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December 10, 2019

IATA launches BSP in Myanmar

  • By Zaw Min GNLM
A travel agent service office in Yangon.  PHoto: Phoe Khwar

Five airlines and 12 travel agents have signed up initially, with more expected to join.
The International Air Transport Association (IATA) has launched its Billing and Settlement Plan (BSP) in Myanmar.
IATA’s BSP is designed to ease the reporting of ticket sales and payments for travel agents relating to the settlement of their sales to airlines.
Prior to the implementation of the BSP, agents had to interact directly with each of the respective airlines to report and remit their ticket sales, which IATA said was both “inefficient and time-consuming.”
BSP will bring efficiencies in the interactions between airlines and travel agents, and support the growth of Myanmar’s travel and tourism sector.
“Aviation is a growing sector in Myanmar,” said Conrad Clifford, IATA’s Regional Vice President for Asia-Pacific. “As the country continues to develop and with more international airlines operating services in Myanmar, it is timely to introduce the BSP.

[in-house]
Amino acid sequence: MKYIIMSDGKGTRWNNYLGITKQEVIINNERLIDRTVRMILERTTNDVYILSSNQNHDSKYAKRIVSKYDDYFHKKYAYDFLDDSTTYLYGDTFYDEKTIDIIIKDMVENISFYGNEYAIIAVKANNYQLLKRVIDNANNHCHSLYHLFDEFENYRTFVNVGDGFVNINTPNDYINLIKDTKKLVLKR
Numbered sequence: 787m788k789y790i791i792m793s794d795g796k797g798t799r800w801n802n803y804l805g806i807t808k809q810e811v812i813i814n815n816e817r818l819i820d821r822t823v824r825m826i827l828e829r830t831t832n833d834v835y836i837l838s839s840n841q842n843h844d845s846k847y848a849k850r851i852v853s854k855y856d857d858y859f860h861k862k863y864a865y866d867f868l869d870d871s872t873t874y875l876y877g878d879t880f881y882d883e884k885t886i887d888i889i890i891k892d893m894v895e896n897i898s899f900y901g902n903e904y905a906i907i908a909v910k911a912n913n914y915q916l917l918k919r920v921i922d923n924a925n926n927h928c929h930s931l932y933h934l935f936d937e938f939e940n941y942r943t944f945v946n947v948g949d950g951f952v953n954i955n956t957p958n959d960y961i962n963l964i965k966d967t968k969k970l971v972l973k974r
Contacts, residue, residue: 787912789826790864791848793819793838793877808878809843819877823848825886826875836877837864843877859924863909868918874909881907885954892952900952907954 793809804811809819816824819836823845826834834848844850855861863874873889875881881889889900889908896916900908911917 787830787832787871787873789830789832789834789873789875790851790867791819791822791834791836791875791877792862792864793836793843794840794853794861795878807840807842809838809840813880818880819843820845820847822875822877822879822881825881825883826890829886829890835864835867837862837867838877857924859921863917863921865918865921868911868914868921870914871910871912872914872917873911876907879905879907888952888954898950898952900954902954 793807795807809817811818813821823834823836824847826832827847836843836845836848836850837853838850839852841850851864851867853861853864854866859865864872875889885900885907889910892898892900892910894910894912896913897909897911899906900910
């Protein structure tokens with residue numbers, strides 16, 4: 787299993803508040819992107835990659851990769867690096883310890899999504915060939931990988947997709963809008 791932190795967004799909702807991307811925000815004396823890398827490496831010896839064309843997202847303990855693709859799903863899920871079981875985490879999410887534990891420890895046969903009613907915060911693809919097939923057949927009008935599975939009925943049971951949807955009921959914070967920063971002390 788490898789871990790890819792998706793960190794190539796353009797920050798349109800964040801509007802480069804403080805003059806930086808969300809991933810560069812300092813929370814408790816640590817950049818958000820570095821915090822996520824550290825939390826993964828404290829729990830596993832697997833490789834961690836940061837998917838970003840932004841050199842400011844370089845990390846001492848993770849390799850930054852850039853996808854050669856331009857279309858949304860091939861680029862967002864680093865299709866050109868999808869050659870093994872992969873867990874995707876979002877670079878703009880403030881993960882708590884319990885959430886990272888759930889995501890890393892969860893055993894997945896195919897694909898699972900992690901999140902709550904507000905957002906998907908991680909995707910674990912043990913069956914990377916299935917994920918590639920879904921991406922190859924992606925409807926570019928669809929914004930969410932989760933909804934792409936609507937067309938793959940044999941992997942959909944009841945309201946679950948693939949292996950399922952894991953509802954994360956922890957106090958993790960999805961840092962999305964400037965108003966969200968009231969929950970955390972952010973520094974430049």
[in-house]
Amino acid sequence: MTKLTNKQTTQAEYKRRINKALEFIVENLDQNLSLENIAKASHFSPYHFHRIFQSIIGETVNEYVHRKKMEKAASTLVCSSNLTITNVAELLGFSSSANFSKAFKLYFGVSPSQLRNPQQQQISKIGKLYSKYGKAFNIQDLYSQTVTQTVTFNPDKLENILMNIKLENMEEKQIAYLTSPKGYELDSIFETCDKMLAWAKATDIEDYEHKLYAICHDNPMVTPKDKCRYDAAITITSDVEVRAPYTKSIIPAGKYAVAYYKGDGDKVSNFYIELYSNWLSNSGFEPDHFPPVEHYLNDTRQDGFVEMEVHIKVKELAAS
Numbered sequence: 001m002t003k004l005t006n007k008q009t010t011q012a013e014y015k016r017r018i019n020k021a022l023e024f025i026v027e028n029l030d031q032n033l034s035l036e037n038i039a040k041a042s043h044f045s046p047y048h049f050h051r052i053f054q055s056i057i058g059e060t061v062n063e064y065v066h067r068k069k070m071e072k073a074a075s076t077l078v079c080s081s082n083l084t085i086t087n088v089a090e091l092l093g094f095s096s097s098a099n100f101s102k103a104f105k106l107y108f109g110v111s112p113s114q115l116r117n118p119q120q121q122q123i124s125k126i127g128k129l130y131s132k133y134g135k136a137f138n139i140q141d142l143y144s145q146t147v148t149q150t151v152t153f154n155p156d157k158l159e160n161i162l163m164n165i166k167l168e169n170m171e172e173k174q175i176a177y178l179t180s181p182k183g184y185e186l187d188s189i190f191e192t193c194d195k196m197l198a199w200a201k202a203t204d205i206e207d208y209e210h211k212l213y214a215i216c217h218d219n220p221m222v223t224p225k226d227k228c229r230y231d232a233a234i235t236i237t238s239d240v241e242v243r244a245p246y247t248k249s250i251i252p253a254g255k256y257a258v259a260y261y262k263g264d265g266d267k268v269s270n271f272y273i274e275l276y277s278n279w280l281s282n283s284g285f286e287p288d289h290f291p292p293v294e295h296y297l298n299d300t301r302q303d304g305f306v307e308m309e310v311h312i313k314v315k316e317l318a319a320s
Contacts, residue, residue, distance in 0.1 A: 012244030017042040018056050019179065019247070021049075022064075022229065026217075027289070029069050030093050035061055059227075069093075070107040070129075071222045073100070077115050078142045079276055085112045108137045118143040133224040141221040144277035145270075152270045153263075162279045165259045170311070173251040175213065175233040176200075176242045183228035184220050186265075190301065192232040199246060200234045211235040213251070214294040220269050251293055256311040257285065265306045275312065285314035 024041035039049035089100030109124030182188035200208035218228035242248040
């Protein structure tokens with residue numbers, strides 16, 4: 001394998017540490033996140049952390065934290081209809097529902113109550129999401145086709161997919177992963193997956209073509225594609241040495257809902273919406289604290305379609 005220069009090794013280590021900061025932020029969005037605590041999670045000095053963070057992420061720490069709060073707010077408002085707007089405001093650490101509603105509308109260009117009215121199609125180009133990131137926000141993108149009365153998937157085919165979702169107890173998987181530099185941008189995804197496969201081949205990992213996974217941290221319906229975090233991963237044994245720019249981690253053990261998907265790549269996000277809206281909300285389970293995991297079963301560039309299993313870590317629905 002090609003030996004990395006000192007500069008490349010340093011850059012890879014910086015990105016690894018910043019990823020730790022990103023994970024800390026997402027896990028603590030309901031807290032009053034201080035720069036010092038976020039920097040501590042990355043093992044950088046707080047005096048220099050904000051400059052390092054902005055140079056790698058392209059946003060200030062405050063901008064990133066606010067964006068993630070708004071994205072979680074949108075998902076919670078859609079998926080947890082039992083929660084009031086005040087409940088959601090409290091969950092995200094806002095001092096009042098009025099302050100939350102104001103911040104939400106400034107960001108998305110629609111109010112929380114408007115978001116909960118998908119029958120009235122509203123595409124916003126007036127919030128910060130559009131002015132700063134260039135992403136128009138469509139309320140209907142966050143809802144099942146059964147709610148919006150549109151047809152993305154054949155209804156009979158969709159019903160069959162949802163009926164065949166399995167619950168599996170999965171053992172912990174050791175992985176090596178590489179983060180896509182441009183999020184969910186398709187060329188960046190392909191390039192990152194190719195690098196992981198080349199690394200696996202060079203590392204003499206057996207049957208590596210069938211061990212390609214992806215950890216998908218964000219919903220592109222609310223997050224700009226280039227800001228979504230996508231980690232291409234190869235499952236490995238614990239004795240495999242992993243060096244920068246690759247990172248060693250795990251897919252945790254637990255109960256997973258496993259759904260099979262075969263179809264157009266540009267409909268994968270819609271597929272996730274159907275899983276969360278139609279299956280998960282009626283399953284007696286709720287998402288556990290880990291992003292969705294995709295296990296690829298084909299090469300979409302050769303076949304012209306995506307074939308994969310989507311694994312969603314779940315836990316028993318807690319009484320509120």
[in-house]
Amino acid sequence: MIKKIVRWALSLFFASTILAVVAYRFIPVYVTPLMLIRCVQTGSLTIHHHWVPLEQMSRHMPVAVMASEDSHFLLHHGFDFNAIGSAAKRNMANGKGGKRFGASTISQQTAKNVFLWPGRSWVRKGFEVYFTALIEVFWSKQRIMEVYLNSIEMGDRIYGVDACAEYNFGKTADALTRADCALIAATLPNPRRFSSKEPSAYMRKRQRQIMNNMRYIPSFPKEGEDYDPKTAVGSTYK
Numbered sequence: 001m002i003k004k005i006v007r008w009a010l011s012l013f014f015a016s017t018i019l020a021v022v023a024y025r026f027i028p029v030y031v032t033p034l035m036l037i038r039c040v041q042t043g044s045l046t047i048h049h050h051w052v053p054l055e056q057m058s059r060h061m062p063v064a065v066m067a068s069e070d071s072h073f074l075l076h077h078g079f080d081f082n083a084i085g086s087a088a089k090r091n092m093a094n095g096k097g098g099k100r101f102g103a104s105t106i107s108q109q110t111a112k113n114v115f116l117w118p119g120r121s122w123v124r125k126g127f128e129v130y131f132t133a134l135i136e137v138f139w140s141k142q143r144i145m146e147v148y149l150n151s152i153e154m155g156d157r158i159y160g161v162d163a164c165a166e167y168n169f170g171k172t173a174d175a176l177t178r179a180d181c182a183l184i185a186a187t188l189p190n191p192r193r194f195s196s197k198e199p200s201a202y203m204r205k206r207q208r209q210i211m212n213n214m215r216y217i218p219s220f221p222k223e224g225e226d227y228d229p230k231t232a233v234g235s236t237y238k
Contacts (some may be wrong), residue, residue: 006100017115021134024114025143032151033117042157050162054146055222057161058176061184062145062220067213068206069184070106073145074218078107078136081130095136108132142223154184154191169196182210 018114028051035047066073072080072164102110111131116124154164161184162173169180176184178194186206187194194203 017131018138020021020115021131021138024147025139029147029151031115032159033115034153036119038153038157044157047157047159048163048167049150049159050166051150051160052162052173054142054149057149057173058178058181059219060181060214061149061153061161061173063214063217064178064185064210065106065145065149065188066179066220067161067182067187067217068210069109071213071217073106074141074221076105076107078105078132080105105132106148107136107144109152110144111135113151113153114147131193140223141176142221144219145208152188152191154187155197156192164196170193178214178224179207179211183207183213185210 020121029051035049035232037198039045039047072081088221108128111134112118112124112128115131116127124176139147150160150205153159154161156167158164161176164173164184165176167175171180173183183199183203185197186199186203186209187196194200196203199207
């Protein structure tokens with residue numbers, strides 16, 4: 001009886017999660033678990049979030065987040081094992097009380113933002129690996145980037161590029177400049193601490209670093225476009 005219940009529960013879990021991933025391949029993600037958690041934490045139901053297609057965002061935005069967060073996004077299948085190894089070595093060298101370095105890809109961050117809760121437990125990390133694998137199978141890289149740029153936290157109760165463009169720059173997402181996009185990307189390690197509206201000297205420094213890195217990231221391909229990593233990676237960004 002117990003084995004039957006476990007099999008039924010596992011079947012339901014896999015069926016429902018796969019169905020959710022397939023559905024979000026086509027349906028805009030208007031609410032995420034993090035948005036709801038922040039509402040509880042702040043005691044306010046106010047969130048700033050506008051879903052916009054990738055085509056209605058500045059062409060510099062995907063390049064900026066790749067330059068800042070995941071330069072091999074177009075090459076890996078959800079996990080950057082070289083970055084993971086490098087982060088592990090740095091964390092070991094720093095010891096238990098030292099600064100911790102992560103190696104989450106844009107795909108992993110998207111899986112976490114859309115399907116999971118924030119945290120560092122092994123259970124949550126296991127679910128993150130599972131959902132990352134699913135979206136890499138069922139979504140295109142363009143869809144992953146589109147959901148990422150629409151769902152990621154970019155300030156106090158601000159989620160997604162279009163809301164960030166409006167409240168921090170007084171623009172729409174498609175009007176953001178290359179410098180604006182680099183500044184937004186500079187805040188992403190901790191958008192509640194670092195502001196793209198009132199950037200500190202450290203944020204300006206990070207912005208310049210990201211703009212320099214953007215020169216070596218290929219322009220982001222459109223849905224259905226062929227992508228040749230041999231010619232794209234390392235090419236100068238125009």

“Not only will it bring efficiencies in the interactions between airlines and travel agents, it will also modernize and support the growth of Myanmar’s travel and tourism sector.”
Founded in 1971, IATA BSPs exist in 180 markets around the world, serving around 400 participating airlines.
IATA says BSPs provide an on-time settlement rate of 99.997%. In 2018, IATA’s BSPs processed $248.8 billion.
During the initial implementation phase, five airlines and 12 travel agents have signed up, with more expected to join in the months ahead.
According to IATA analysis, air travel in Myanmar is expected to grow by an average of 8% annually in the next 20 years. The global average of expected growth in air travel is 3.9%.
By 2038, IATA expects Myanmar to be an air travel market of 37 million passengers, close to five times the current figures.
“Aviation is a catalyst for social and economic development. In addition to introducing the BSP, we have also opened our first IATA office in Myanmar in April,” Clifford added.
“Through this office, we hope to enhance our partnership with the various aviation stakeholders to support Myanmar’s aviation development through the implementation of global standards and industry best practices.”

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